Toward a Hydrogen Economy: Clues from Nature

Artificial photosynthesis may soon be a reality – splitting water into hydrogen and oxygen. You only have to look as far as your garden to observe one of the most common chemical reactions in nature at work pulling apart water molecules (H2O) and splitting them into carbohydrates and oxygen (O2).  Nature provides the template for this process using the energy from sunlight to fuel the reaction.  Here’s a video showing the basic process:

In your garden, your plants use the natural pigment chlorophyll to absorb sunlight, while catalysts produce the water-splitting reaction through cellular respiration. This process was used as a biological template by a team of MIT researchers, led by Dr. Angela Belcher, Germeshausen Professor of Materials Science and Engineering and Biological Engineering, to emulate the “highly organized photosynthetic system” evolved in blue-green algae (cyanobacteria) and other plants to separate oxygen from hydrogen.

Taking their clues from nature, they engineered a novel alternative to this process, as described in a recently published research paper in Nature Nanotechnology. The team decided to alter the common, harmless M13 bacterial virus so that it would attract and bind with molecules of a iridium oxide catalyst and the biological pigment zinc porphyrins. The viruses were used as wire-like devices to split the oxygen from water molecules. Thomas Mallouk, the DuPont Professor of Materials Chemistry and Physics at Pennsylvania State University, is quoted as saying that he finds the research “…an extremely clever piece of work that addresses one of the most difficult problems in artificial photosynthesis, namely, the nanoscale organization of the components in order to control electron transfer rates.”

Rather than splitting hydrogen from water, Dr. Belcher’s team focused on splitting oxygen from water (oxidation), which is more challenging from a technical perspective. Splitting hydrogen from water, however, ultimately may prove to be more interesting. Hydrogen is an important alternative to some of the problems of the current hydrocarbon-based economy. Free hydrogen is relatively rare on Earth, and thus it is typically generated by electrolysis of water, an expensive process that requires electrical energy. Using sunlight rather than electricity to make hydrogen from water could greatly improve the efficiency of the process. Hydrogen can then be stored and used to generate electricity using a fuel cell, or burned as fuel for cars and trucks. Dr. Belcher’s team is already working on a biological template to efficiently split hydrogen from water similar to the one they successfully used to split oxygen from water. The hydrogen atoms in their current process get split into component protons and electrons. The new process under development would combine these back into hydrogen atoms and molecules.

Splitting hydrogen from water could help make hydrogen a more viable alternative to coal, nuclear, and fossil fuels.

Dr. Belcher’s interest in alternative energy and sustainable technologies is not new. The winner of a 2004 MacArthur Foundation genius grant for using genetically engineered viruses as templates for nanoscale electronic components, she says she was inspired by the ability of abalone mollusks to extract dissolved chemicals from water to manufacture their incredible pearly shells. “Suddenly, I wondered, what if we could assemble materials like the abalone does — but not be limited to one element? What if we could bond protein to other elements in the periodic table and grow new materials?” In 2006, her insight led to the use of the M13 virus to assemble batteries. The genetically altered viruses, which are harmless to humans, pull ions from a solution to form both the positive- and negative-charged ends of a lithium-ion battery. “We’re letting biology help us work on solving those problems, solving what the next-next generation batteries are going to be,” says Dr. Belcher. She talks about her earlier work with the M13 virus in this video:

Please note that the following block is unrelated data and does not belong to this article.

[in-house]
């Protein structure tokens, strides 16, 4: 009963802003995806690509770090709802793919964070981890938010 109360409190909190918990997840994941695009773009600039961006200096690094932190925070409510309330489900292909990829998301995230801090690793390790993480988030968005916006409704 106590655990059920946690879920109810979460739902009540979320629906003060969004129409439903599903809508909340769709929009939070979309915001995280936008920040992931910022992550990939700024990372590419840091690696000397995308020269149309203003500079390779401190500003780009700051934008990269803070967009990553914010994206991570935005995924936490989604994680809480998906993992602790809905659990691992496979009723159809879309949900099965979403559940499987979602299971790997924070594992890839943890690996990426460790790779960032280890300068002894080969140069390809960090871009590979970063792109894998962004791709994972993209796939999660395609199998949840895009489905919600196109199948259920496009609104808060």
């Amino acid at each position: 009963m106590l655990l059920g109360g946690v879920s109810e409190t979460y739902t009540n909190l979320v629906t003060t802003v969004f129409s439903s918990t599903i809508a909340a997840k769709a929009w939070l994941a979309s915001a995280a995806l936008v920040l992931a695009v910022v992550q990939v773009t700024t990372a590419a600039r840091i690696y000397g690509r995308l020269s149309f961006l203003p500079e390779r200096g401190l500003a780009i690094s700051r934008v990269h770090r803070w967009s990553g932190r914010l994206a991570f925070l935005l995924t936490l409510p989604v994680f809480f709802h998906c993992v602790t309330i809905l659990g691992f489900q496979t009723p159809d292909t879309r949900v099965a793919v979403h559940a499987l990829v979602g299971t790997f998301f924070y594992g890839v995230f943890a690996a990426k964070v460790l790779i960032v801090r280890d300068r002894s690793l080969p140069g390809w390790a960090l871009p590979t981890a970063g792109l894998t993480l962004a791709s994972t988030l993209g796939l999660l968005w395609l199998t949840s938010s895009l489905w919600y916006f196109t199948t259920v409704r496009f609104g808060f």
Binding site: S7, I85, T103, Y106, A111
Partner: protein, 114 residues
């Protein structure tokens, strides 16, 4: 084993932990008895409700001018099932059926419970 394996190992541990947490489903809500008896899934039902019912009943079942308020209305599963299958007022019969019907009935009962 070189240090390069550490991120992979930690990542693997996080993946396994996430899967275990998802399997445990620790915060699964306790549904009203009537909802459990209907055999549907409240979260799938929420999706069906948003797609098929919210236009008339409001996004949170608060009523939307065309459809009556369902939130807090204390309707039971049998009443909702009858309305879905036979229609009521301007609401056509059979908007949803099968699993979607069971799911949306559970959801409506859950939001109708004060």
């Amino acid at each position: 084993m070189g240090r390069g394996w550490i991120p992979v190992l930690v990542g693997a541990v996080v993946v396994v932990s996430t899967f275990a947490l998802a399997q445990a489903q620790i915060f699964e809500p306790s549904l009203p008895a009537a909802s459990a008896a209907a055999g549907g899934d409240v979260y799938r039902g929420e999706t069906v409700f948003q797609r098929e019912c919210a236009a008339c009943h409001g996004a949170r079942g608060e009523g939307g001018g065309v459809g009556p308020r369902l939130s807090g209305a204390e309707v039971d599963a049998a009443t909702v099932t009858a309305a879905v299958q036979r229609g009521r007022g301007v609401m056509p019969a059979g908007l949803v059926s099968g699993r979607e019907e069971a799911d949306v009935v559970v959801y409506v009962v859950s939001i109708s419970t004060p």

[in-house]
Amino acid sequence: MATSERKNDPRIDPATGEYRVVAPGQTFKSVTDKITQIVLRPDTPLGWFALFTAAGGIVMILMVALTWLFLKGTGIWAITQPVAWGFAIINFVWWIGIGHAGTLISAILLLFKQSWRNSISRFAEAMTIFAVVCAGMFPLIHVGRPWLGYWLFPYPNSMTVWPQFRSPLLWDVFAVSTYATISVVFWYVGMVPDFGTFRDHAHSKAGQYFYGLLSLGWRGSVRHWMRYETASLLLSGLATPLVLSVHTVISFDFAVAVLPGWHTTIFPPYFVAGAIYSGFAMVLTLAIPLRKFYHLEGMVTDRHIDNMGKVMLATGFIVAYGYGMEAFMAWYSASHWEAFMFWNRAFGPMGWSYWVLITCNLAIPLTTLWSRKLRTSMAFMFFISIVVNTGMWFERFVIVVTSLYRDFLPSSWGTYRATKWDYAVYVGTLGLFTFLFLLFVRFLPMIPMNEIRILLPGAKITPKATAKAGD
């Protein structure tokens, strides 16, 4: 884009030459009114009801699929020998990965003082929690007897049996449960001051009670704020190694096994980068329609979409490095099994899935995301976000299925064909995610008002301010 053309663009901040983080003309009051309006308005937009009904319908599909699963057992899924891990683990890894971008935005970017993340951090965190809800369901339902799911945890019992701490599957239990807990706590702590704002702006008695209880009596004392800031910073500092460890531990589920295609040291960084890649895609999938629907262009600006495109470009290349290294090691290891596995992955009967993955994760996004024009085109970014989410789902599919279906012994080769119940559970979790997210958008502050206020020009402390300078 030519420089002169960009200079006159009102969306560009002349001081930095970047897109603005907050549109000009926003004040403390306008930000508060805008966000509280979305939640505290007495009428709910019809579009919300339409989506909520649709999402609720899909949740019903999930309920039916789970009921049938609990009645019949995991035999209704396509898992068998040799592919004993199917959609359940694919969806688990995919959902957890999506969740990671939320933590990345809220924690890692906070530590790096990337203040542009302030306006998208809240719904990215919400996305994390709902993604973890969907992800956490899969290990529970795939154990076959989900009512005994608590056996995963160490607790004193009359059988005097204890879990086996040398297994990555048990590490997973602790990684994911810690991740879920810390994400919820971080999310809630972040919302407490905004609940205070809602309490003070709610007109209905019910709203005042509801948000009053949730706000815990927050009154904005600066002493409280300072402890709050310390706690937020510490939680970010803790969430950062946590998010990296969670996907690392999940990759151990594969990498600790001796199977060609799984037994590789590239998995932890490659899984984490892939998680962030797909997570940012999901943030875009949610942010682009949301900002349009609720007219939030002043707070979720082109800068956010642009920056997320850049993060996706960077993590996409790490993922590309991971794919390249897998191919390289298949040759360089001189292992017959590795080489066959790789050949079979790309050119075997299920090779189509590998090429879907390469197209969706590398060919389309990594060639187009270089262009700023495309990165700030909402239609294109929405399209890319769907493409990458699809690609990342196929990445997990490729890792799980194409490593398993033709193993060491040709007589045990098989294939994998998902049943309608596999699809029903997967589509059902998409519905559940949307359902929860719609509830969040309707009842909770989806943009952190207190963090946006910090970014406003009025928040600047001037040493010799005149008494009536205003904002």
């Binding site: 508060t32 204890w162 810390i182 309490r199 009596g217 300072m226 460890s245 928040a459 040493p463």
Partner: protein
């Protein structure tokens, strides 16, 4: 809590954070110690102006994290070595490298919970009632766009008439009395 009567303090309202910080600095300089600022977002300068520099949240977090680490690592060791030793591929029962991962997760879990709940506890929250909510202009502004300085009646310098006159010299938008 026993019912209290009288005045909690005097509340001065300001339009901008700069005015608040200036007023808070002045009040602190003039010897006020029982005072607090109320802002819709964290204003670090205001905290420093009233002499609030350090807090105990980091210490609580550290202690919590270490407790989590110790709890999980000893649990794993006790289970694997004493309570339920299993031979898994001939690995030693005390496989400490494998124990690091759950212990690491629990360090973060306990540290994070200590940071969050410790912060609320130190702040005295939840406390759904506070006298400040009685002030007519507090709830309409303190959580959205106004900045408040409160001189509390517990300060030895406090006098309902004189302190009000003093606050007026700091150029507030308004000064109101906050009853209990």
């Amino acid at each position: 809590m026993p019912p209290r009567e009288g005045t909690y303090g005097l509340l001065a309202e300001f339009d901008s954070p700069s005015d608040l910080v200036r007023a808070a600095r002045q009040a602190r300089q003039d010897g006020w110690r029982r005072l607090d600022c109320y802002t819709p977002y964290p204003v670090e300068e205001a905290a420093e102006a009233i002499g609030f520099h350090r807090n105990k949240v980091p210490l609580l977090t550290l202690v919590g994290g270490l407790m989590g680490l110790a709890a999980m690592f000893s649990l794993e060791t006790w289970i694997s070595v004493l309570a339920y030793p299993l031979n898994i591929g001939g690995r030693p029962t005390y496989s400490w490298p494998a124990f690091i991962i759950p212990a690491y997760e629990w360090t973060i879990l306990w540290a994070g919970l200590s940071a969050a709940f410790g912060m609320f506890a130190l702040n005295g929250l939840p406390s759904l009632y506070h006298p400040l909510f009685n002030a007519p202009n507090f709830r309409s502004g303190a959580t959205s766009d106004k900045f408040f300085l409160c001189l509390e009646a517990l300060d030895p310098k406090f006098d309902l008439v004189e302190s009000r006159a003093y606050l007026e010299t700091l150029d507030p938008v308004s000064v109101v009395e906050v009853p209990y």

During a recent visit to the MIT campus, President Obama met with Dr. Belcher and other energy researchers. He stressed the need for new, efficient and clean energy technologies — something very much underscored by the recent Gulf of Mexico oil spill. Taking clues from photosynthesis to develop a biological template that uses viruses and sunlight to split hydrogen from water could help make hydrogen a more viable alternative to coal, nuclear, and fossil fuels.

NOTE: Jimmy Stewart’s  character in You Can’t Take it With You talks about artificial photosynthesis:

20 Responses

  1. Hector Barrio says:

    Clean-unclean energy dichotomy is highly relative. Burning fossil fuels is not “dirty”, the byproduct is CO2, the same gas that plants use to finally get their carbon molecules and form carbohydrates, it can be considered an airborne nutrient or a global warming toxic agent. The real problem is in consumption scale and imbalances generated by human intervention, without fully understanding the system (we, as humans, do not now) and without restrain wind power plants can alter the wind patterns and pluvial climate of extensive regions, solar power plants can modify the regional albedo and modify local climates… at the end, human intervention will modify the system, it is a possibility that energy technology is totally irrelevant, while consumption and equilibrium maintenance are, of course, to maintain the equilibrium for long periods of time, non-renewable resources (or slowly renewing ones) are unusable.

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